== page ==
Returning to Monotypes

The surface of a leaf after a gel printing session. 

Thirty plus years ago I took a printmaking course at Montserrat College of Art, and discovered monotypes. In 2001 I took a class at UMaine in the basement of the art museum. It was a small and constricted space. In 2017, I took a class at the University of Maine so I could use their presses in the excellent printmaking studios. I was enjoying it a lot, but life took a turn, as it sometimes does, and I couldn't continue with the class at the university. A number of family members were facing challenges and needed support over a number of years. 

I love the surprise aspect of printmaking when you peel the paper back. You can *plan*, but not really know what you will get until you peel the paper back from the final trip through the press. The revelation of a print differs from painting, where you can see the impact of each brush-stroke in the moment. With printmaking (for me) sometimes you get tragedies, but more often than not you get pleasant reveals. It's fun. I really like and need the idea of making little surprises in life.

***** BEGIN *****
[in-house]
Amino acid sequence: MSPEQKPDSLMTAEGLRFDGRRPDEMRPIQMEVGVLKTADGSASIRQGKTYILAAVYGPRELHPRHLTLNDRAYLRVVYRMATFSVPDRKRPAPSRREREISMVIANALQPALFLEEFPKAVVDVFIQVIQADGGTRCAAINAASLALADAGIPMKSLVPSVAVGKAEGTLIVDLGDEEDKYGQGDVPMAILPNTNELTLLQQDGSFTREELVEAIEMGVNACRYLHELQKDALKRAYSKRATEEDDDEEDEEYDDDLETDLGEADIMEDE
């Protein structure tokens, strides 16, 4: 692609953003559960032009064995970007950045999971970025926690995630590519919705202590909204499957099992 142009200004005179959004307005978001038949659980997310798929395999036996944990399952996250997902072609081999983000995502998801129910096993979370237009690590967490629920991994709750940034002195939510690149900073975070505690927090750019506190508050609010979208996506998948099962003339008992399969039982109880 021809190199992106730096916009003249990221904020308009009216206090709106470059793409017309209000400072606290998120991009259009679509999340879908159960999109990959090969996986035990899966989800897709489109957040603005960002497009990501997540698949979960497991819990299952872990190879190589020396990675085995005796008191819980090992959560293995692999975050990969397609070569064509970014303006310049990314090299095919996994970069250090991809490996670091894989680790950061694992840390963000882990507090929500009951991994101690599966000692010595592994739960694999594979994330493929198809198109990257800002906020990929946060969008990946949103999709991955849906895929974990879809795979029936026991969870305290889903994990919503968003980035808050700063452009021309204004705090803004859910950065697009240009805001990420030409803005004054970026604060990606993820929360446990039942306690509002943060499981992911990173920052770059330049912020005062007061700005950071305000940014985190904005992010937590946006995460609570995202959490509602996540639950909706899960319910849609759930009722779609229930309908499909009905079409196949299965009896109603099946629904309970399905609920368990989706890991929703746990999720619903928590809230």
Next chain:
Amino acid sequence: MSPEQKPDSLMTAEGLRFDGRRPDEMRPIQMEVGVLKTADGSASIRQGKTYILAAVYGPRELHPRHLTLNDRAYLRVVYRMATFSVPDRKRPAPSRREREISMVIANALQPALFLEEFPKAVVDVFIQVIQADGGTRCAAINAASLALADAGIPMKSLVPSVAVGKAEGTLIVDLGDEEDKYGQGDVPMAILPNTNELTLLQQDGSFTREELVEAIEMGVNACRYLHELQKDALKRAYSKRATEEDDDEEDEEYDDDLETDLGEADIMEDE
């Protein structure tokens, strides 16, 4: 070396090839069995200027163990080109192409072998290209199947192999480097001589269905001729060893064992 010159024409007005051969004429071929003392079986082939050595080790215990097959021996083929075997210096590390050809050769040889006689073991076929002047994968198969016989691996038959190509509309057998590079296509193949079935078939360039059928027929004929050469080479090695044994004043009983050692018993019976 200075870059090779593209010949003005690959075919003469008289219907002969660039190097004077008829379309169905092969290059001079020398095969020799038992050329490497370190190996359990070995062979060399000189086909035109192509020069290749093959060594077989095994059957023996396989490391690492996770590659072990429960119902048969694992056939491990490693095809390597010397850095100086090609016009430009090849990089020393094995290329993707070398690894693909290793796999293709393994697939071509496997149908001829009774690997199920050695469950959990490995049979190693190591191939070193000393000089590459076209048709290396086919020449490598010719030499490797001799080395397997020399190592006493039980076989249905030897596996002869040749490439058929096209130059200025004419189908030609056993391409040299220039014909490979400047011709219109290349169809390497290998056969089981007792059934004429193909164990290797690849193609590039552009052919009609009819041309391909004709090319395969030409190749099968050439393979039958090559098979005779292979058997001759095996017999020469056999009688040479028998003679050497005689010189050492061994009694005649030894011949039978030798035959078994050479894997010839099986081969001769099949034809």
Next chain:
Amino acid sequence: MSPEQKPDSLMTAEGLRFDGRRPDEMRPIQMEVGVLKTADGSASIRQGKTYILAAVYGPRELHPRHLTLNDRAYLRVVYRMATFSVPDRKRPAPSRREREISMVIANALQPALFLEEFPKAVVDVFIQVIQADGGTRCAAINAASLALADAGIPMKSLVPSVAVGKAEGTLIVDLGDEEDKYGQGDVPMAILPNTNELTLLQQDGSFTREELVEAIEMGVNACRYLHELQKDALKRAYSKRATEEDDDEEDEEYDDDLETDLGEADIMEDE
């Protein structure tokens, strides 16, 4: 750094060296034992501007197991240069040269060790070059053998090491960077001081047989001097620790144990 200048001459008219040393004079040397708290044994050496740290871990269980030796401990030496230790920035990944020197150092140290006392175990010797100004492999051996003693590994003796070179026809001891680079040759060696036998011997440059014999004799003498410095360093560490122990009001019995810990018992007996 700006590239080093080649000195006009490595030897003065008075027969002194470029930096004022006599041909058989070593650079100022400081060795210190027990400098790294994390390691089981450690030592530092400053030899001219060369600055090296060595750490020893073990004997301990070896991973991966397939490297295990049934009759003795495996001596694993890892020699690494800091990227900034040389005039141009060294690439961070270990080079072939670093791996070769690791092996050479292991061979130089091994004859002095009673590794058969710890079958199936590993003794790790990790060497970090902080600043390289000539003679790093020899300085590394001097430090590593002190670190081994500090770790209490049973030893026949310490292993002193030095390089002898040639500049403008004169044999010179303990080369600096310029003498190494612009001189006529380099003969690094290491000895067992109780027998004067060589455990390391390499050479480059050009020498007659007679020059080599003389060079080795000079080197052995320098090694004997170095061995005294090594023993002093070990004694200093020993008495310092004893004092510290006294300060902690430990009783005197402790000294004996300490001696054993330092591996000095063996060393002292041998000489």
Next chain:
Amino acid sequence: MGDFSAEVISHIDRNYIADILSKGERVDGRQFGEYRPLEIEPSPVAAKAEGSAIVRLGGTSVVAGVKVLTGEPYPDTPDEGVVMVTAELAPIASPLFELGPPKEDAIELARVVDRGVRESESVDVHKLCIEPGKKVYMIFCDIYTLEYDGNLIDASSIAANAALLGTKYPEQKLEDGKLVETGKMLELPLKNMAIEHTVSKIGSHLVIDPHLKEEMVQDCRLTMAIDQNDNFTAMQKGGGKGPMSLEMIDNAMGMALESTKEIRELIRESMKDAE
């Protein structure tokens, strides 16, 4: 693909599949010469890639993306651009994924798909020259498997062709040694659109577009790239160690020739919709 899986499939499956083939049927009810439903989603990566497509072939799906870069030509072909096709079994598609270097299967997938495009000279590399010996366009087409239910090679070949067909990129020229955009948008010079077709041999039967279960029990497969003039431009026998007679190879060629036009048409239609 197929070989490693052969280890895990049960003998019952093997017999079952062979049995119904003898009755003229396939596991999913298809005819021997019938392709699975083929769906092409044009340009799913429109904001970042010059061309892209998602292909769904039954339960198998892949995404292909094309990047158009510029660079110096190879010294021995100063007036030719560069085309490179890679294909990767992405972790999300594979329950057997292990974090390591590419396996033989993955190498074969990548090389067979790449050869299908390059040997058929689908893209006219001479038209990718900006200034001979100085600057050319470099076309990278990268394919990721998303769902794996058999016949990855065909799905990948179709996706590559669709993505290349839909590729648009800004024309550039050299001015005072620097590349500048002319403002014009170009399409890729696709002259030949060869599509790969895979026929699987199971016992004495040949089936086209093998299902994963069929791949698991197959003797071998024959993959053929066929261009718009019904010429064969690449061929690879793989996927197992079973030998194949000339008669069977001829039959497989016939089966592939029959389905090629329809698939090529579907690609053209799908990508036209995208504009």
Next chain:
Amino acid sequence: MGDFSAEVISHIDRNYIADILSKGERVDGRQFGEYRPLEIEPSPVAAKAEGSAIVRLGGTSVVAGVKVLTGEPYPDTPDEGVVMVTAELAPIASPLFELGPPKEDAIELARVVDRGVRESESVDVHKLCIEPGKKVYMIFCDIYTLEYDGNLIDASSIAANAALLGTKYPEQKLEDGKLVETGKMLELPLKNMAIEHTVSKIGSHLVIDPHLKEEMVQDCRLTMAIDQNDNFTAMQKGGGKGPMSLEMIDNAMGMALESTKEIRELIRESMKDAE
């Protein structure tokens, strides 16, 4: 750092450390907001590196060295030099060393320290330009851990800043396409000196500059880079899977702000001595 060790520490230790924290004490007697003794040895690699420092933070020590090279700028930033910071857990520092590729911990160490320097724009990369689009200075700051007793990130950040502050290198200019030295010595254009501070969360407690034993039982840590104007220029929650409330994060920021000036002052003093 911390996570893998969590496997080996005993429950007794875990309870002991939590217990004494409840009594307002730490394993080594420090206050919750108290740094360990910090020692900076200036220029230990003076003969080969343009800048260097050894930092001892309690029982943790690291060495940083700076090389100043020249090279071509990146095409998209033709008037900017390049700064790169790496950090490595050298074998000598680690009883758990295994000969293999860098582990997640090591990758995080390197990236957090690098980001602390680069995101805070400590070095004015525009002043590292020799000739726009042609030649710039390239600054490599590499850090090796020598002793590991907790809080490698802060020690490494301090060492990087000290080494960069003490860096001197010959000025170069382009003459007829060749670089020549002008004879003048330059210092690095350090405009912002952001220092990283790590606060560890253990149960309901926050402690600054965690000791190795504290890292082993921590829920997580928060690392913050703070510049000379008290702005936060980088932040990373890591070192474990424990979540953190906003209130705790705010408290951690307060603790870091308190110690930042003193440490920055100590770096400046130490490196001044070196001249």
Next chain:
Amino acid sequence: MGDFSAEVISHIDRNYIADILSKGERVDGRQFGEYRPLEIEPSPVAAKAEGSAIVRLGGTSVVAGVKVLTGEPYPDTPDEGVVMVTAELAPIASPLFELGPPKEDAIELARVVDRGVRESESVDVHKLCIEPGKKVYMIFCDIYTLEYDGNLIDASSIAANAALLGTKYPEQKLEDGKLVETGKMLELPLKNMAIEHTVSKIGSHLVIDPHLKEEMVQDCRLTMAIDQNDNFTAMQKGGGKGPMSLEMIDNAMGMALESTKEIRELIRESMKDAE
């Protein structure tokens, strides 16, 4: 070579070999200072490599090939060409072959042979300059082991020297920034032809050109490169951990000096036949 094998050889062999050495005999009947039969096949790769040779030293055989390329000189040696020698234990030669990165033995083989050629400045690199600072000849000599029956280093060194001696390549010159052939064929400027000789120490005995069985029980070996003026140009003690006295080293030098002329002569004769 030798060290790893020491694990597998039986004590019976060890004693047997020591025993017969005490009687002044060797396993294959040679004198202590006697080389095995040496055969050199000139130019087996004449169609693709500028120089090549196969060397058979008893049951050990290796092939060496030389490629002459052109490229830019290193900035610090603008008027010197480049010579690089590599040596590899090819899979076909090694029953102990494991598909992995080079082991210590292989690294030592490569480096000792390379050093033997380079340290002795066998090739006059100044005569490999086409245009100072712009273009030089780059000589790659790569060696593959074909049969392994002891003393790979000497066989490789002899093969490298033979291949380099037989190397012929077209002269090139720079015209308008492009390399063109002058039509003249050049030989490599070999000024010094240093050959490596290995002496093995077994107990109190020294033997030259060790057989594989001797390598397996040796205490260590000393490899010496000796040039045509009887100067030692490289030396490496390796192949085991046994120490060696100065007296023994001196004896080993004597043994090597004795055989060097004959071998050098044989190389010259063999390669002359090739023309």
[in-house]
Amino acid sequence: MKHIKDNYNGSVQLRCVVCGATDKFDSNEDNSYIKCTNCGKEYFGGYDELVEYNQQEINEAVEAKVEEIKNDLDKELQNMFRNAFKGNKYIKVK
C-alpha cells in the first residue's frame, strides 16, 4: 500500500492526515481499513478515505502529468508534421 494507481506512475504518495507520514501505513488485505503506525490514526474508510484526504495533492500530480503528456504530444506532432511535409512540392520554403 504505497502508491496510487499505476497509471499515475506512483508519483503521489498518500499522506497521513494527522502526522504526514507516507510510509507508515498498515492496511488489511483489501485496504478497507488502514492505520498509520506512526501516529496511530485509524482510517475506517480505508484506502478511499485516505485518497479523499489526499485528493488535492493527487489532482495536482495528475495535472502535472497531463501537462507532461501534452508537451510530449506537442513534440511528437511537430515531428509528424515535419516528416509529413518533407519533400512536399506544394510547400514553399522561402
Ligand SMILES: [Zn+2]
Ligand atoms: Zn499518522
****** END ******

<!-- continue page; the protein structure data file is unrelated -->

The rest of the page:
For about sixteen years I focused on making folk art, and specifically folk art dolls.  I will still do that sometimes, but for now will be making more art that isn't tied to a reference point in the past. So I've decided to return to making monotypes, and not feeling they have to be constrained in any way unless I want to. It's something I can do in half-hour on a kitchen counter, while caring for my son. 

We will see where this goes. In the meantime, it's fun. 

Imperfect first experiment. 

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"Do not let what you cannot do
keep you from doing what you can do."

John Wooden